Deprivation diet

I talk a lot about the importance of sleep. And this latest bit of research is a perfect example of why.

A new study shows that a single sleepless night could send you reaching for more junk food. And not just because lack of sleep stimulates hunger, as previous studies have shown.

Researchers scanned the brains of 23 healthy adults–once after a normal night’s sleep, and once after a night of sleep deprivation. They also asked subjects to look at 80 images of different foods and rate their desire for each. Afterward, subjects were able to choose one of the foods to have as a snack.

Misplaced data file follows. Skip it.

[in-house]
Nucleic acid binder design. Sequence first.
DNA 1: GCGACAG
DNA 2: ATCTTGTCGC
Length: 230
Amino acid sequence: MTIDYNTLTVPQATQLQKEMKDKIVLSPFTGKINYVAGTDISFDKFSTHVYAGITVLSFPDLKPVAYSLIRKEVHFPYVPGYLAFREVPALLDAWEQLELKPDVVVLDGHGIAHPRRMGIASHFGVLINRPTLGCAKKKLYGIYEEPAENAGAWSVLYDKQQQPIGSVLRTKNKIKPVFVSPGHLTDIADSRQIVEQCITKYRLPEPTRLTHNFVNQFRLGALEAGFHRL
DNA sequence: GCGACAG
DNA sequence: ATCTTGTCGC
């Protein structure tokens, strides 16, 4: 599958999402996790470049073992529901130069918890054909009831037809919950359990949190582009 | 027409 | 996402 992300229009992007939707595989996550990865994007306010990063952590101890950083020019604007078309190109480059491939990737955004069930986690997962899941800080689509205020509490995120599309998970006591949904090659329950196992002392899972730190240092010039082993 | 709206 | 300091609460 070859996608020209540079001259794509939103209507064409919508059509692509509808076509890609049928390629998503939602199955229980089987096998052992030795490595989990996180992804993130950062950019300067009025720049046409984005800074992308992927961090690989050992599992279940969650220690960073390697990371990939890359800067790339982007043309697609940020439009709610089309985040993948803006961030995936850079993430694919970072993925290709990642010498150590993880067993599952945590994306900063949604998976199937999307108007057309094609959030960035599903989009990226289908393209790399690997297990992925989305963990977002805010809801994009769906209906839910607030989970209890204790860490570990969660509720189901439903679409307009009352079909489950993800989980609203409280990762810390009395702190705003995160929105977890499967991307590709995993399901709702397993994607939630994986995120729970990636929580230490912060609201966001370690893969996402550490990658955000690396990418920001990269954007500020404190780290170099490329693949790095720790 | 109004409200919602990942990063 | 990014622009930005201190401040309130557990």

MRI results showed that lack of sleep interfered with subjects’ frontal lobe function–the part of your brain involved in complex decision-making–while activating reward-based centers deeper in the brain.

So it’s no surprise that sleepless nights also led more often to snack choices like pizza and doughnuts. A good night’s sleep, on the other hand, inspired healthier choices like fruits and vegetables.

Simply put, lack of sleep short circuits your good judgment. And if you’re burning the midnight oil on a nightly basis?

Believe me, all those bad choices will eventually add up.

“The impact of sleep deprivation on food desire in the human brain.” Nat Commun. 2013 Aug 6;4:2259.